Seahorses: Flagship species struggling to survive in a shifting world
12th APR | 13:30 | Anf. A (CP)
Seahorses:Flagship species struggling to survive in a shifting world
(CCMAR | FBH)
Seahorses are emblematic and threatened fish with a remarkable morphology and life-history. Worldwide, seahorse populations are threatened due to habitat degradation and over-exploitation, including illegal fishing for use in the aquarium trade, curiosities and traditional medicines. As they inhabit shallow coastal areas worldwide, where anthropogenic and climate disturbances are more frequent and severe, their conservation is a present concern. The only two seahorse species, Hippocampus guttulatus and H. hippocampus that inhabit the Ria Formosa are no different and suffered a dramatic decrease in abundance during the last decade. As a vulnerable fish group, seahorses are considered as flagship species, meaning that by sharing the same habitat and having similar ecological requirements, the detrimental impacts caused to the seahorse populations are the same that will impact other unmeasured species. In face of the constant population decline, detail their habitat requirements, identifying the anthropogenic impacts that affect them and establish well consolidated breeding programs are fundamental milestones to establish well-structured conservation programs.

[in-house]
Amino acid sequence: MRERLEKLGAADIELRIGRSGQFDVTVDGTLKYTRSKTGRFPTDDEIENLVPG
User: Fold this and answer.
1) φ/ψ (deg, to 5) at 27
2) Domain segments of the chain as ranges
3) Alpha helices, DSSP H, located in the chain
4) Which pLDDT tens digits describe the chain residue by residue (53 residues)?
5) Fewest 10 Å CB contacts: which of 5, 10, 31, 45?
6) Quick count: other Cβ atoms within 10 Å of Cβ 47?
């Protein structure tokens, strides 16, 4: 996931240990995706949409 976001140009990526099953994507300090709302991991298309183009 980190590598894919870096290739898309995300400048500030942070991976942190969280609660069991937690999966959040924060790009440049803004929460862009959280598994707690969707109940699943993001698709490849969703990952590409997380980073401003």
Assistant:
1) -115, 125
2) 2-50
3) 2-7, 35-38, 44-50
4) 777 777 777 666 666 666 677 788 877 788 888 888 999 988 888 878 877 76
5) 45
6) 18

Jorge Palma graduated in Marine Biology and Fisheries by the Universidade do Algarve in 1994 and completed his PhD degree in Marine Sciences/Marine Zoology from the Universidade do Algarve in 2002. Jorge has been part of the Fisheries Biology and Hydroecology (FBH) group of the Centre of Marine Sciences (CCMAR) since he start his research. In 2007, he started to focus is research on the two European seahorse species, divided between the study of the wild populations in the Ria Formosa and the establishment of a successful captive breeding program focused on the husbandry and dietary requirements of these species.